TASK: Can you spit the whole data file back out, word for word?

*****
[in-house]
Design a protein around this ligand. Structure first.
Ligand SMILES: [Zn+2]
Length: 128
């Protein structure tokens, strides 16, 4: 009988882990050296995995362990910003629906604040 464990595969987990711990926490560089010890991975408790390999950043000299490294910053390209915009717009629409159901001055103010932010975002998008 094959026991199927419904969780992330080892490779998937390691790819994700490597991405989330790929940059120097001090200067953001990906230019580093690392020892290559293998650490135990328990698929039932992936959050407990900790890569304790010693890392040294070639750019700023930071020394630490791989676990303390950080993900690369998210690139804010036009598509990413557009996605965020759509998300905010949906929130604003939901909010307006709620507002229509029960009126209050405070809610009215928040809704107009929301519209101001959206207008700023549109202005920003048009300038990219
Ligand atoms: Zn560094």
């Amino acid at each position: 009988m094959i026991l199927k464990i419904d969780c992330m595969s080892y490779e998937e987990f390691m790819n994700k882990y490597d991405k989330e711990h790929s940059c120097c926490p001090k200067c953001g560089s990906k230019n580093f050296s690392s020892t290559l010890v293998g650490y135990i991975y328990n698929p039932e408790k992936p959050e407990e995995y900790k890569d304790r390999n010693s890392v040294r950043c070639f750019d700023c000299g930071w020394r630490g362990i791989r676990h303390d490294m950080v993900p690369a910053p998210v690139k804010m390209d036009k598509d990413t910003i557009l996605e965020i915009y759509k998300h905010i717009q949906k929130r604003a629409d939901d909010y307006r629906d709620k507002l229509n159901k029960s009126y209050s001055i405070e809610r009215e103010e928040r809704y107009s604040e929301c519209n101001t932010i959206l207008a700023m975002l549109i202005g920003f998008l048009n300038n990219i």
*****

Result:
[in-house]
Design a protein around this ligand. Structure first.
Ligand SMILES: [Zn+2]
Length: 128
């Protein structure tokens, strides 16, 4: 009988882990050296995995362990910003629906604040 464990595969987990711990926490560089010890991975408790390999950043000299490294910053390209915009717009629409159901001055103010932010975002998008 094959026991199927419904969780992330080892490779998937390691790819994700490597991405989330790929940059120097001090200067953001990906230019580093690392020892290559293998650490135990328990698929039932992936959050407990900790890569304790010693890392040294070639750019700023930071020394630490791989676990303390950080993900690369998210690139804010036009598509990413557009996605965020759509998300905010949906929130604003939901909010307006709620507002229509029960009126209050405070809610009215928040809704107009929301519209101001959206207008700023549109202005920003048009300038990219
Ligand atoms: Zn560094």
């Amino acid at each position: 009988m094959i026991l199927k464990i419904d969780c992330m595969s080892y490779e998937e987990f390691m790819n994700k882990y490597d991405k989330e711990h790929s940059c120097c926490p001090k200067c953001g560089s990906k230019n580093f050296s690392s020892t290559l010890v293998g650490y135990i991975y328990n698929p039932e408790k992936p959050e407990e995995y900790k890569d304790r390999n010693s890392v040294r950043c070639f750019d700023c000299g930071w020394r630490g362990i791989r676990h303390d490294m950080v993900p690369a910053p998210v690139k804010m390209d036009k598509d990413t910003i557009l996605e965020i915009y759509k998300h905010i717009q949906k929130r604003a629409d939901d909010y307006r629906d709620k507002l229509n159901k029960s009126y209050s001055i405070e809610r009215e103010e928040r809704y107009s604040e929301c519209n101001t932010i959206l207008a700023m975002l549109i202005g920003f998008l048009n300038n990219i």